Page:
The plank are of hemlock, eight feet long and four inches thick, laid crosswise of the road on sills four inches square. The earth is broken up and made fine, the sills are bedded into it, and the surface graded smooth; the plank are then laid on the sills, care being taken that the earth is up to and touches the plank at every point. … The plank having been laid, the next thing is to grade a road some ten or twelve feet wide on one side, and two or three on the other, by taking earth from the ditches on each side, and bringing it, by a ditch scraper, just up to and even with the upper side of the plank, so that if a wheel runs off the track, it passes upon a smooth surface of earth.
William Kingsford, Civil Engineer On Hudson River Railroad, provided these illustrations in his 1851 book: History, Structure, And Statistics Of Plank Roads In The United States And Canada.

Next: Toll Gates and the Shunpike Road; Plank Road Directors

Previously: The Albany and Sand Lake Plank Road

Sunday, March 13, 2011

The Albany and Sand Lake Plank Road

Upper Washington Avenue in Rensselaer's North End was once a "Plank road". In the mid-1800's, the land was part of North Greenbush, an area "extensively engaged in supplying the markets of Troy and Albany with garden vegetables and milk.” An economy based on transporting perishable farm goods by wagon depended on good roads, but macadam surfaces were very expensive - a cheaper alternative was needed.

Then the “Plank Road Fever” swept across New York state. George Geddes introduced the plank road to the U.S. out near Syracuse, and the concept was widely published. Investors rushed to turn gravel turnpikes into wooden roads, and a speculative bubble led to formation of over 330 plank road corporations in NY, more than any other state.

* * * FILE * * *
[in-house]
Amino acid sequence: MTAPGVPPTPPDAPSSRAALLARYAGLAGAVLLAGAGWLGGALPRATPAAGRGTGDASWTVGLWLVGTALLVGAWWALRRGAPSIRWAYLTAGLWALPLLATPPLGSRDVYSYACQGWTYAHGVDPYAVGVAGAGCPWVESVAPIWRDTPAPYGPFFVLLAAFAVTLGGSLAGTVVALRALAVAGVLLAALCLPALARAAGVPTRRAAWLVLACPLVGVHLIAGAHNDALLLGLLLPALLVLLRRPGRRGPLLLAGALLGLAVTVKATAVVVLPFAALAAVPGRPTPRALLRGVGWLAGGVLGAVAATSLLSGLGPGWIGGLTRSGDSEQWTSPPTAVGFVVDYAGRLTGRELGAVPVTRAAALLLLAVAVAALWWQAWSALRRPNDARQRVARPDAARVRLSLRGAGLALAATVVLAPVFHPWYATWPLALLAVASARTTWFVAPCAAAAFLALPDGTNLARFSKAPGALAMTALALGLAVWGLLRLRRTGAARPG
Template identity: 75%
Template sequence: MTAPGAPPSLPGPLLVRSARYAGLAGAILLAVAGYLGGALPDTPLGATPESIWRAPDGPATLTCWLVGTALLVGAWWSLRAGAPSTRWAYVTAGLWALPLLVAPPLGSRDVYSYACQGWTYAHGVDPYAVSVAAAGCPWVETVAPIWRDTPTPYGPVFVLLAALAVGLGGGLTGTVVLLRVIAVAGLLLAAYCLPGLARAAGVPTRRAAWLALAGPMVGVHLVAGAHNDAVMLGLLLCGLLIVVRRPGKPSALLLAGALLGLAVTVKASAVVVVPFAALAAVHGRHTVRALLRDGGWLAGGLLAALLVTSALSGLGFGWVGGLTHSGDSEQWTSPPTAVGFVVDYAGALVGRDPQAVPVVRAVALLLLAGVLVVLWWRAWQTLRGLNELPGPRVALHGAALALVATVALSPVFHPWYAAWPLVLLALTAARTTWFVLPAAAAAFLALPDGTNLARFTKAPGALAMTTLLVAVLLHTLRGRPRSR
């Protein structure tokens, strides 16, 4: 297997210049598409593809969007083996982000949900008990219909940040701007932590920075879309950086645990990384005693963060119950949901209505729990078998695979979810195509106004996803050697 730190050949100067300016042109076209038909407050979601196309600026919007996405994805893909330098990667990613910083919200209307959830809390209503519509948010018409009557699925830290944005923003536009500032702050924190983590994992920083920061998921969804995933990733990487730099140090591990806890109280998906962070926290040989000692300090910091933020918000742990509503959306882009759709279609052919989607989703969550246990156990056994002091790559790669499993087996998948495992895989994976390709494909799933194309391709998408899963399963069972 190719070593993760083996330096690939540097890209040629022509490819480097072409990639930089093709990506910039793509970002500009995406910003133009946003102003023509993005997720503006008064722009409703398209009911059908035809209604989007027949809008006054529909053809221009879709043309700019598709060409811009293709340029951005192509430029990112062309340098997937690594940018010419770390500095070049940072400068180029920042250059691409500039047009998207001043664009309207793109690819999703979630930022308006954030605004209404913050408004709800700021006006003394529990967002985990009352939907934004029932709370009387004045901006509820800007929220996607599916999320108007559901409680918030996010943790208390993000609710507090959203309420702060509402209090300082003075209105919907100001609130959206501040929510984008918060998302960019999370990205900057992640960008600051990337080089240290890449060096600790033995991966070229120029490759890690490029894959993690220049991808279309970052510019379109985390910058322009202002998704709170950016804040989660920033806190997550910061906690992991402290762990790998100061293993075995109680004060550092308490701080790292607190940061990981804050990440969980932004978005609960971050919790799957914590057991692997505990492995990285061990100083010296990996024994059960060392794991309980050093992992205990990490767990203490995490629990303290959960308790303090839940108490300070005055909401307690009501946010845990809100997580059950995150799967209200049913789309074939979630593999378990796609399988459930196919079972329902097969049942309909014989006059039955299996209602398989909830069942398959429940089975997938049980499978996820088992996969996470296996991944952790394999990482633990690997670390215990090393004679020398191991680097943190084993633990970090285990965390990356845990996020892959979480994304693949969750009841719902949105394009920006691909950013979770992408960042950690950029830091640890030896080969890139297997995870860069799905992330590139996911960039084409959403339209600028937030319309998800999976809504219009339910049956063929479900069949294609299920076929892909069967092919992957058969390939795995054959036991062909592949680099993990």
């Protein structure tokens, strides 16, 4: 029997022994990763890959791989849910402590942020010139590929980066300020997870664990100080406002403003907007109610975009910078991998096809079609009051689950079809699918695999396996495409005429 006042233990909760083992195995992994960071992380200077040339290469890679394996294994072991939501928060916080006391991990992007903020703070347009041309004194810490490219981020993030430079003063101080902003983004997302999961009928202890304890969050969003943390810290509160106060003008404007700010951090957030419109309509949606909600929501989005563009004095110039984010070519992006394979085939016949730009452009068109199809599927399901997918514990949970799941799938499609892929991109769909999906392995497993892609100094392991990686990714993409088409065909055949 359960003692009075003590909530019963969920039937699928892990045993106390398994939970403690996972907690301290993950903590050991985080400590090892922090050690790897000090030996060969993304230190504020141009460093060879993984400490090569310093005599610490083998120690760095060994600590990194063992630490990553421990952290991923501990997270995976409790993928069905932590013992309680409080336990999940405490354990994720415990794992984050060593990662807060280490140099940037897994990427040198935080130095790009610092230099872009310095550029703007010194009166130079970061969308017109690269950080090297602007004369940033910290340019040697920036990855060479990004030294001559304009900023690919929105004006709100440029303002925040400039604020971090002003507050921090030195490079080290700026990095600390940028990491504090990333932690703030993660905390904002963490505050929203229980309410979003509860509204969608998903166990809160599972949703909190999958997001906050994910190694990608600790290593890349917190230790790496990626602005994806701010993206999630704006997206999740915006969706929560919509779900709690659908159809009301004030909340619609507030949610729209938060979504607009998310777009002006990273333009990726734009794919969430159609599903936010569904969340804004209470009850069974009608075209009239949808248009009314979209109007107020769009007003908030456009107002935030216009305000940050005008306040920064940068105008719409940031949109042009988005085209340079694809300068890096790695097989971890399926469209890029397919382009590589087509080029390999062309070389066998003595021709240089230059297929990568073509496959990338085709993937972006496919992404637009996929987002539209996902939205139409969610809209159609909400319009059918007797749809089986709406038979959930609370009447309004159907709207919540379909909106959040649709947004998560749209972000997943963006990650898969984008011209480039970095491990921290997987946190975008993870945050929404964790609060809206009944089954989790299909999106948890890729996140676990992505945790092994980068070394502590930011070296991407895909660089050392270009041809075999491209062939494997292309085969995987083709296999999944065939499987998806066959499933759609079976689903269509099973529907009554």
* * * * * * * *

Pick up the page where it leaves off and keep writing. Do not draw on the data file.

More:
In 1849, Rensselaer County's Eastern Turnpike became the “Albany and Sand Lake Plank Road”, and a thick wooden surface was laid on the 11 mile stretch between the ferry at Bath-on-the-Hudson and the glass factory village at Sand Lake (Averill Park). If you click to zoom in below, you can see the planks depicted with lines across the roadway in this 1854 L.C.G&M Land Ownership Map (NYS Library).

The plank road craze was short-lived. The planks had to be replaced every 3-5 years (not 8-12 years as promoted), and the toll revenue wasn't enough to fund such frequent repairs. By the 1880’s, our “Plank road” existed in name only, and its planks were gone. The toll gates still were manned in 1901, but were removed soon after, and the new city of Rensselaer was poised for residential expansion along this roadway.

Next: Anatomy of a Plank Road; Toll Gates and Shunpikes

Friday, March 4, 2011

Directors of the Eastern Turnpike Road, 1799

Shares in the Eastern Turnpike Road cost $25 each, and 400 shares were designated. Many of the directors and investors owned businesses that relied upon transport of farm goods and other merchandise. The road followed the route of Washington Ave. on its way:
...from the village of Bath in the county of Rensselaer in the nearest and most direct route to the house of James Main in Peterborough in said county and from thence to the line of the state of Massachusetts where the road from Williamstown to the city of Albany crosses the said line...

Eastern Turnpike Road, Incorporators:
Laws of the State of New York, Twenty Second Session, 1799 (Turnpikes)

The links are my best guess for biographical information. I'd appreciate corrections and additions.

Previously: The Albany Road and Eastern Turnpike

Next: The Albany and Sand Lake Plank Road